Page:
In addition, there isn’t one single test that will determine if you have the condition or not. Instead, it’s more about ruling out the other causes and looking at your medical history to determine if IBS is the most likely diagnosis.
And while some patients who are diagnosed do see improvement with conventional therapies, many others still struggle with the disorder. This is partly because many conventional doctors utilize a one-size-fits-all approach to treatment. But symptoms differ widely from patient to patient, meaning this blanketed approach will not work for everyone.
Another reason that many individuals continue to suffer from IBS despite being diagnosed is that conventional medicine focuses on IBS symptoms rather than the root causes. Laxatives provide relief from symptoms like constipation, and antispasmodics help curb cramping, but they are not long-term solutions that will work for everyone because they don’t address what’s causing the symptoms to begin with.
Functional Medicine Offers Solutions to IBS
The functional medicine approach to IBS is very different from that used by conventional doctors. Functional medicine doctors use a whole new way of thinking to solve the puzzle of IBS.
The functional medicine approach looks at all aspects to uncover why your specific symptoms are occurring. This includes examining your intestinal health and nervous system, looking at your eating habits, investigating your digestive habits, getting a detailed medical history, and testing for triggers such as food intolerances.
Intestinal Health and Nervous System
The nerves in your gut are extremely sensitive. When you are feeling stressed, your stomach and intestines often sympathize by having spasms, bloating, and discomfort. Functional medicine doctors will work with you to identify if stress or other mood disorders are contributing to your IBS symptoms.
Eating large meals, eating too quickly, and not chewing thoroughly can lead to IBS symptoms. Functional medicine doctors may ask you about your eating habits – not just what you eat, but when, why, and how to determine if eating habits are causing your IBS.
Changes in your digestive habits, such as blood in the stool or stomach pain, are common indicators of IBS or other gut disorders. Paying attention to your digestive habits and reporting them to your doctor will go a long way in getting the right diagnosis. To help with this, functional medicine doctors often use stool tests to assess your digestive function, look for intestinal damage, and identify any gut imbalances.
Detailed Medical History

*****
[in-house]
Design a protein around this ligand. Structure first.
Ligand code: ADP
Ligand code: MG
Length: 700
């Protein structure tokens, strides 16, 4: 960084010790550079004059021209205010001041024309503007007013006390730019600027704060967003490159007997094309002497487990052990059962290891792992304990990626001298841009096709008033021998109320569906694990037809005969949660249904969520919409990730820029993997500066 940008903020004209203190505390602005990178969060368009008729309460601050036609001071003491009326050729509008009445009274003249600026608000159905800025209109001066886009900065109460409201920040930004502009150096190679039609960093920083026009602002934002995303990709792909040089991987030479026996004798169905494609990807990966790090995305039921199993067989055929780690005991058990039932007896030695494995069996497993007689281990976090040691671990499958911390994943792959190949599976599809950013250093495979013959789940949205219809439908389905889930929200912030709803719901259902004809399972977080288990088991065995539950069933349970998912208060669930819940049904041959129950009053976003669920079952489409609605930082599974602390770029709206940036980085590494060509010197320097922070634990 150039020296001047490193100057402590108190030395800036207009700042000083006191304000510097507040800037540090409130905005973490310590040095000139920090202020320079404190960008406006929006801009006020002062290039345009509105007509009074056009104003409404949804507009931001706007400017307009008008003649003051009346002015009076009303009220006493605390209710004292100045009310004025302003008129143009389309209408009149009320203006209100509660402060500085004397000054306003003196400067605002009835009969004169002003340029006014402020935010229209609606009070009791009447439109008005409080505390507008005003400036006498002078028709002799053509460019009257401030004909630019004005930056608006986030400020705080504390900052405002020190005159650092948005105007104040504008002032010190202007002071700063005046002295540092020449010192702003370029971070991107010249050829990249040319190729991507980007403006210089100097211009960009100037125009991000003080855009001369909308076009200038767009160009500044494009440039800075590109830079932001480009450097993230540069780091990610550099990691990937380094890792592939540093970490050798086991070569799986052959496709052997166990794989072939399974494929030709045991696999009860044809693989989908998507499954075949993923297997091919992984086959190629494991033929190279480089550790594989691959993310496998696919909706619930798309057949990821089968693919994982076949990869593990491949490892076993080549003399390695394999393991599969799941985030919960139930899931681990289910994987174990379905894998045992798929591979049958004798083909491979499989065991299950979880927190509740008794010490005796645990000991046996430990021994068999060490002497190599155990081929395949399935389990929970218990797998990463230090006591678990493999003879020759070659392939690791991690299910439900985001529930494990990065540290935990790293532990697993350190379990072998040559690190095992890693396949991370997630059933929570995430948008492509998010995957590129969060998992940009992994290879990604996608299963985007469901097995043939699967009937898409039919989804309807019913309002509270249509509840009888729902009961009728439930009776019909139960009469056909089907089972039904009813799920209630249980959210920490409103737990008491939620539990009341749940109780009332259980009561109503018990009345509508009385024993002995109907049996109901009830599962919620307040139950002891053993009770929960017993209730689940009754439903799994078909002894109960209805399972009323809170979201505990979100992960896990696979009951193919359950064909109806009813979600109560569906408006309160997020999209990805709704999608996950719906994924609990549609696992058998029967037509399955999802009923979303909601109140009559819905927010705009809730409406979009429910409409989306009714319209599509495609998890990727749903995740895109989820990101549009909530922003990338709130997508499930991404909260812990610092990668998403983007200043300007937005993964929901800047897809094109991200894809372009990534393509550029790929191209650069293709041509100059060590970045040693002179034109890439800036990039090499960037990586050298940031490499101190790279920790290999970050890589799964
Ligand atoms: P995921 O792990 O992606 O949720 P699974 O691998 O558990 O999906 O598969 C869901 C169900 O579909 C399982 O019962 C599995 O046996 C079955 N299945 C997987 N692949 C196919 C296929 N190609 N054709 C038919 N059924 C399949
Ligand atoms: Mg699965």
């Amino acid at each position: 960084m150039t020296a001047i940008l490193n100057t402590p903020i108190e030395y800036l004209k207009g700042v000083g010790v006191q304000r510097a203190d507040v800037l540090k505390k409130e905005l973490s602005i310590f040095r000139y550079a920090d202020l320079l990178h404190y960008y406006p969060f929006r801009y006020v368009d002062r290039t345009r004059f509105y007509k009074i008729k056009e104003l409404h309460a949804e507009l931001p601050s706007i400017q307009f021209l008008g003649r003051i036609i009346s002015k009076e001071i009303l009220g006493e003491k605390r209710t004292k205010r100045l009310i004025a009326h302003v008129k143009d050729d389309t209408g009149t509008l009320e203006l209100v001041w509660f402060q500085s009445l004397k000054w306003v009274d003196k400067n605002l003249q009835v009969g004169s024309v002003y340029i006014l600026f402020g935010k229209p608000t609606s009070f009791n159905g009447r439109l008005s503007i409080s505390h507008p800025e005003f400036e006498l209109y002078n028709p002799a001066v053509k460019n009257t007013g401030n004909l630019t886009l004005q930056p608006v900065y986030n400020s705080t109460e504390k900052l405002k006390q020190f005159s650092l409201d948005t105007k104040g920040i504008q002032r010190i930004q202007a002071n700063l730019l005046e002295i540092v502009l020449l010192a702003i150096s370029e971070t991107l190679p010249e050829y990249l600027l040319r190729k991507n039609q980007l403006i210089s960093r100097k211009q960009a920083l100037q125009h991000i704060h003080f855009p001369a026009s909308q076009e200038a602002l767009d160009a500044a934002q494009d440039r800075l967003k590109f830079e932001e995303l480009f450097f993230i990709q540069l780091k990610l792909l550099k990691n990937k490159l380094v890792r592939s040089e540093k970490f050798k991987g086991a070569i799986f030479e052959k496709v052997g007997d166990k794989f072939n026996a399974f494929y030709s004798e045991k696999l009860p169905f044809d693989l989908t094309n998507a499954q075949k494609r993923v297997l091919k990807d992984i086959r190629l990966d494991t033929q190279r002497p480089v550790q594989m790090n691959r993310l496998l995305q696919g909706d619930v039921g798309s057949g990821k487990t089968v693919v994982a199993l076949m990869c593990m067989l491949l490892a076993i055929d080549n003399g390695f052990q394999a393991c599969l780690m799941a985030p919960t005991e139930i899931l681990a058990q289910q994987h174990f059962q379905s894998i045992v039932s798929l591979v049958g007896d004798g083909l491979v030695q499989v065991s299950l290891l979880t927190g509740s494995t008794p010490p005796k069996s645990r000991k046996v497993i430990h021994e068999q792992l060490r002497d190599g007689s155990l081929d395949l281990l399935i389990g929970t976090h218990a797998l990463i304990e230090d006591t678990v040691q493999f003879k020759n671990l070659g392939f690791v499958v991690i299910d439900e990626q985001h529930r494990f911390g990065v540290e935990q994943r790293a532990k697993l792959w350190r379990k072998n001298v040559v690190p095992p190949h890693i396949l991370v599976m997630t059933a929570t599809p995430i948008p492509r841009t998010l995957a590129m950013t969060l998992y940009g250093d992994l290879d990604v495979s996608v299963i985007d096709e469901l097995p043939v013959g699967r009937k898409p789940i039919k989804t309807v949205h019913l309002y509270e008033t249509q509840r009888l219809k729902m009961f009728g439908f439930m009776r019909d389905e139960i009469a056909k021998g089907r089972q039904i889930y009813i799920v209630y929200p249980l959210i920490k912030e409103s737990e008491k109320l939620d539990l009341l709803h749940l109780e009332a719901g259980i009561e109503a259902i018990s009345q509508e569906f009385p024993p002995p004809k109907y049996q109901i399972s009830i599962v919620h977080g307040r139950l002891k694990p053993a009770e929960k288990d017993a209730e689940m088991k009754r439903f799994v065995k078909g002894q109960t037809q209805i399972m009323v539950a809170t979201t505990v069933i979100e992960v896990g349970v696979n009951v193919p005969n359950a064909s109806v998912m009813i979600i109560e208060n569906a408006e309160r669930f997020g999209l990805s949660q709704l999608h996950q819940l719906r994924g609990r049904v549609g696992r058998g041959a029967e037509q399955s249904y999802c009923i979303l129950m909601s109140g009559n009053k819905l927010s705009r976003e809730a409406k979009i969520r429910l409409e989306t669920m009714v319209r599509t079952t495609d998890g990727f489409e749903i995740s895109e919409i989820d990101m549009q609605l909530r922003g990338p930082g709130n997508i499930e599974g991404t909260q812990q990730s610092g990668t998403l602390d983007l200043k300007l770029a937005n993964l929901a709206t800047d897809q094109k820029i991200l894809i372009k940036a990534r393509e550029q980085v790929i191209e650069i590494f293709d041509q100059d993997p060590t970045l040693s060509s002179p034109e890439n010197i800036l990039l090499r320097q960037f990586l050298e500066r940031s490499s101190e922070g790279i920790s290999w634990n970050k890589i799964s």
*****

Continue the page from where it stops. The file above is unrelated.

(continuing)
An IBS diagnosis often relies heavily on your medical and lifestyle history. A functional medicine doctor will sit with you to discuss your detailed history before diagnosing you with IBS.
Testing for Triggers
Certain foods can irritate your bowel and digestive system. It is common for functional medicine doctors to use elimination diets and food sensitivity tests to determine which specific types of food you are the most sensitive to.
At Tri-Cities Functional Medicine, we recognize that the root causes are different for each patient we work with. We use therapeutic diets, dietary supplements, stress management techniques, and treatment for gut imbalances to help eliminate the root causes.
Are looking for a different approach to treat your IBS? Take the first step:
- Watch our Free Gut Health Webinar to learn about our approach to the health concerns you are facing.
- Schedule a Free Discovery Call to discuss your health concerns and goals to see if our practice is a good fit for you.
- After your discovery call – if we are a good fit, you’ll schedule a consultation with our doctor to dive deeper and formulate an individualized treatment plan for you.
Tri-Cities Functional Medicine is located in Johnson City, Tennessee, and serves patients throughout East Tennessee and into Virginia and North Carolina. These areas include but are not limited to: Washington County, TN, Sullivan County, TN, Carter County, TN, Greene County, TN, Knox County, TN, Bristol, TN, Holston Valley, TN, Tri-Cities, TN, Walnut Hill, TN, Elizabethton, TN, Greeneville, TN, Morristown, TN, Blountville, TN, Bluff City, TN, Kingsport, TN, Jonesborough, TN, Colonial Heights, TN, Limestone, TN, Knoxville, TN, Bristol, VA, and Abingdon, VA.